Chioggia lies south of Venice, protruding from the mainland, and is popularly known as ‘Little Venice’, due to its canals and bridges on a more modest scale than Venice. However, one risks a sharp retort or foul look from a Chioggiotto (person from Chioggia) if that diminutive title is uttered in their presence, as Chioggia’s… Read More Hidden Eateries: A Most Unusual Dinner in Chioggia
Dating from between 1040 and 1151, the Rotonda, or round church, is one of only half a dozen in Italy. This rare gem has survived against the odds. In 1579 the church was closed by order of Guglielmo Gonzaga causing the dome and latern to collapse. It was then steadily enroached and concealed by shops… Read More A Church Hidden for Decades: La Rotonda di San Lorenzo, Mantova
Consider strolling through the streets of Venice (which are seemingly maliciously designed to befuddle tourists) being personally guided by offline mobile apps that provide a mapped route, substantial cultural information and insider recommendations written by locals or expats living in the area. I frequently curl up with a cup of tea and travel vicariously around… Read More An Offline Tour Guide in Your Pocket, and Free Things!
It’s very tempting to use meaningless superlatives to describe places in Italy: Venice is surreal, Tuscany is charming, Sicily’s beaches are stunning, Rome’s architecture is magnificent. I think one of the greatest challenges in travel writing is to describe Venice in an original manner, and I haven’t read many pieces that succeed in capturing its… Read More The Most Enchanting Place in Italy?
In ‘City of Falling Angels’, Berendt writes about a period of La Serenissima when she was in her last golden moments. The ornate palazzi of the Canale Grande were either thrown open for dazzling parties where guests arrived in gondole and light spilled from the windows onto the dark water outside; or were beginning their inevitable decline… Read More Hidden Venice: How to be an (Almost) Exclusive Guest at a Palazzo on the Grand Canal
A visit to the medieval city of Ferrara is well-timed in autumn when the terracotta coloured buildings evoke the colour of the leaves and the cathedral square is filled with stalls selling sizzling piadine or luxurious chocolates. A chilly evening calls for a warming local pasta speciality… Noble Origins The powerful Este family, one of… Read More The Ideal Autumn Pasta: A Complete Guide to Ferrara’s Speciality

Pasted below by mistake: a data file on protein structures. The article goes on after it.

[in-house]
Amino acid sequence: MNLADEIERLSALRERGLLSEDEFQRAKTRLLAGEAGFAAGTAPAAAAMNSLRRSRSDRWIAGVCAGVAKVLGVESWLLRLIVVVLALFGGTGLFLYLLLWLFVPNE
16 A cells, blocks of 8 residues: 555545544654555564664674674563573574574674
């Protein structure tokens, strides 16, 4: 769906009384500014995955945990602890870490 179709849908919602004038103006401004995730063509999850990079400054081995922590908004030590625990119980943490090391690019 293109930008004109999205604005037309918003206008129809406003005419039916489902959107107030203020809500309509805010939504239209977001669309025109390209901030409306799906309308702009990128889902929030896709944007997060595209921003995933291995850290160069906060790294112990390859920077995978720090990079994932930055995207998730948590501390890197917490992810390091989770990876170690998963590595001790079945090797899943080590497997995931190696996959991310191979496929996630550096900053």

A flicker of yellow light from a lantern down an obscure alley, an illuminated painted name board reflecting in the still black water, a vibrant noisy crowd squeezed in a pokey dim interior with a low ceiling of wooden beams – this is the Venetian aperitivo in the traditional bacaro. Most travellers to Italy will… Read More Hidden Venice: Have an Aperitivo like a Venetian
Vipiteno / Sterzing, Trentino-Alto Adige This is one of the most attractive towns in the region trapped in the ‘wrong’ country, i.e. South-Tyrol. This region has a complex and moving history (see A Nationality Trapped in the Wrong Country?) and was once part of a larger German-speaking area. After the war one half was annexed… Read More The Town Left Over the Wrong Border
Scooters whipping past, lilting 50s songs, restaurant serenades, archeological treasures, the home of pizza… pickpockets, stinking rubbish, stifling heat: these are the good, the bad and the ugly that are all associated with Naples. A sprawling metropolis seemingly stuck in the 50s, it can be an intimidating, exhilarating and exhausting place to visit, as described… Read More Hidden Naples: Tile Heaven in Santa Chiara
Amalfi is a jewel on the coast: glittering turquoise sea and pastel houses hugging the cliff-face in vertiginous beauty. But in summer it is also a claustrophobic tourist magnet which, in its desperate attempt to fulfil the filmic fantasy of Italia, conceals real life beneath a shiny facade of artistically arranged tat in souvenir shops… Read More 6 Ways to Experience the OTHER Amalfi